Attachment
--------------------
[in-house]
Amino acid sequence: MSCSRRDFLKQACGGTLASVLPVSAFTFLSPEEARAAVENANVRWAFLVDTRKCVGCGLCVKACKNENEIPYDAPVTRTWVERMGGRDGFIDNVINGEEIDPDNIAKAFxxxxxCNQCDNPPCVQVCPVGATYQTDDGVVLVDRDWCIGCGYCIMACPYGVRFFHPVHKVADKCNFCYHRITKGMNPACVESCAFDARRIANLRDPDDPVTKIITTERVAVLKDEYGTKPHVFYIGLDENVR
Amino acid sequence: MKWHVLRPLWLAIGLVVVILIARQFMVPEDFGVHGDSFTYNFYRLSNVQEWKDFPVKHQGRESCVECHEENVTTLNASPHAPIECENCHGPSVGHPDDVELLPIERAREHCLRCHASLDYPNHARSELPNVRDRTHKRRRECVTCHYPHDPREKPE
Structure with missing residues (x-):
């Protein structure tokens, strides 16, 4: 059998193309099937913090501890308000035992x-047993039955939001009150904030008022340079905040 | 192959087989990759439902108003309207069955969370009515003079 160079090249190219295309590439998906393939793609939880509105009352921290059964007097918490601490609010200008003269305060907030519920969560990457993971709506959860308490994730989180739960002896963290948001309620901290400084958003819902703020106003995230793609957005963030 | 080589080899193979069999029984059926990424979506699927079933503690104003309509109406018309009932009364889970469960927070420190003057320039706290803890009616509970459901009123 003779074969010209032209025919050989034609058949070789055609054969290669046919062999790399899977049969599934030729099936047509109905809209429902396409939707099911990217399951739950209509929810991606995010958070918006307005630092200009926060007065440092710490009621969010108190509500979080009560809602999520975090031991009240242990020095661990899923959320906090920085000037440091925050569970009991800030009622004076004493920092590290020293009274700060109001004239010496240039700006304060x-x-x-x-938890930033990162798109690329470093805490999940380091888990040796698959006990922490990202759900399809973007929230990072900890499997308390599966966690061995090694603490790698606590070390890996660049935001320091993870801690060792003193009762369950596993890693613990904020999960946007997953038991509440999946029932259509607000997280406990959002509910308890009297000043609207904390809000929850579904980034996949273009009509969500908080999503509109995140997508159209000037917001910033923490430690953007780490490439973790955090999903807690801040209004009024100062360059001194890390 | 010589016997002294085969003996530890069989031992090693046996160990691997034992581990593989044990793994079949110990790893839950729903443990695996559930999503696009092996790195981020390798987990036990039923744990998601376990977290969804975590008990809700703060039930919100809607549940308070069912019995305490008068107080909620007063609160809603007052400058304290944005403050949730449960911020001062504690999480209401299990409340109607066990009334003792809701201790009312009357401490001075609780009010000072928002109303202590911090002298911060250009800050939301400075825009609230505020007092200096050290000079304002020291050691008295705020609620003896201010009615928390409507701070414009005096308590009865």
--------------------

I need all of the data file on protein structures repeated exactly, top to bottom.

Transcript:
[in-house]
Amino acid sequence: MSCSRRDFLKQACGGTLASVLPVSAFTFLSPEEARAAVENANVRWAFLVDTRKCVGCGLCVKACKNENEIPYDAPVTRTWVERMGGRDGFIDNVINGEEIDPDNIAKAFxxxxxCNQCDNPPCVQVCPVGATYQTDDGVVLVDRDWCIGCGYCIMACPYGVRFFHPVHKVADKCNFCYHRITKGMNPACVESCAFDARRIANLRDPDDPVTKIITTERVAVLKDEYGTKPHVFYIGLDENVR
Amino acid sequence: MKWHVLRPLWLAIGLVVVILIARQFMVPEDFGVHGDSFTYNFYRLSNVQEWKDFPVKHQGRESCVECHEENVTTLNASPHAPIECENCHGPSVGHPDDVELLPIERAREHCLRCHASLDYPNHARSELPNVRDRTHKRRRECVTCHYPHDPREKPE
Structure with missing residues (x-):
């Protein structure tokens, strides 16, 4: 059998193309099937913090501890308000035992x-047993039955939001009150904030008022340079905040 | 192959087989990759439902108003309207069955969370009515003079 160079090249190219295309590439998906393939793609939880509105009352921290059964007097918490601490609010200008003269305060907030519920969560990457993971709506959860308490994730989180739960002896963290948001309620901290400084958003819902703020106003995230793609957005963030 | 080589080899193979069999029984059926990424979506699927079933503690104003309509109406018309009932009364889970469960927070420190003057320039706290803890009616509970459901009123 003779074969010209032209025919050989034609058949070789055609054969290669046919062999790399899977049969599934030729099936047509109905809209429902396409939707099911990217399951739950209509929810991606995010958070918006307005630092200009926060007065440092710490009621969010108190509500979080009560809602999520975090031991009240242990020095661990899923959320906090920085000037440091925050569970009991800030009622004076004493920092590290020293009274700060109001004239010496240039700006304060x-x-x-x-938890930033990162798109690329470093805490999940380091888990040796698959006990922490990202759900399809973007929230990072900890499997308390599966966690061995090694603490790698606590070390890996660049935001320091993870801690060792003193009762369950596993890693613990904020999960946007997953038991509440999946029932259509607000997280406990959002509910308890009297000043609207904390809000929850579904980034996949273009009509969500908080999503509109995140997508159209000037917001910033923490430690953007780490490439973790955090999903807690801040209004009024100062360059001194890390 | 010589016997002294085969003996530890069989031992090693046996160990691997034992581990593989044990793994079949110990790893839950729903443990695996559930999503696009092996790195981020390798987990036990039923744990998601376990977290969804975590008990809700703060039930919100809607549940308070069912019995305490008068107080909620007063609160809603007052400058304290944005403050949730449960911020001062504690999480209401299990409340109607066990009334003792809701201790009312009357401490001075609780009010000072928002109303202590911090002298911060250009800050939301400075825009609230505020007092200096050290000079304002020291050691008295705020609620003896201010009615928390409507701070414009005096308590009865």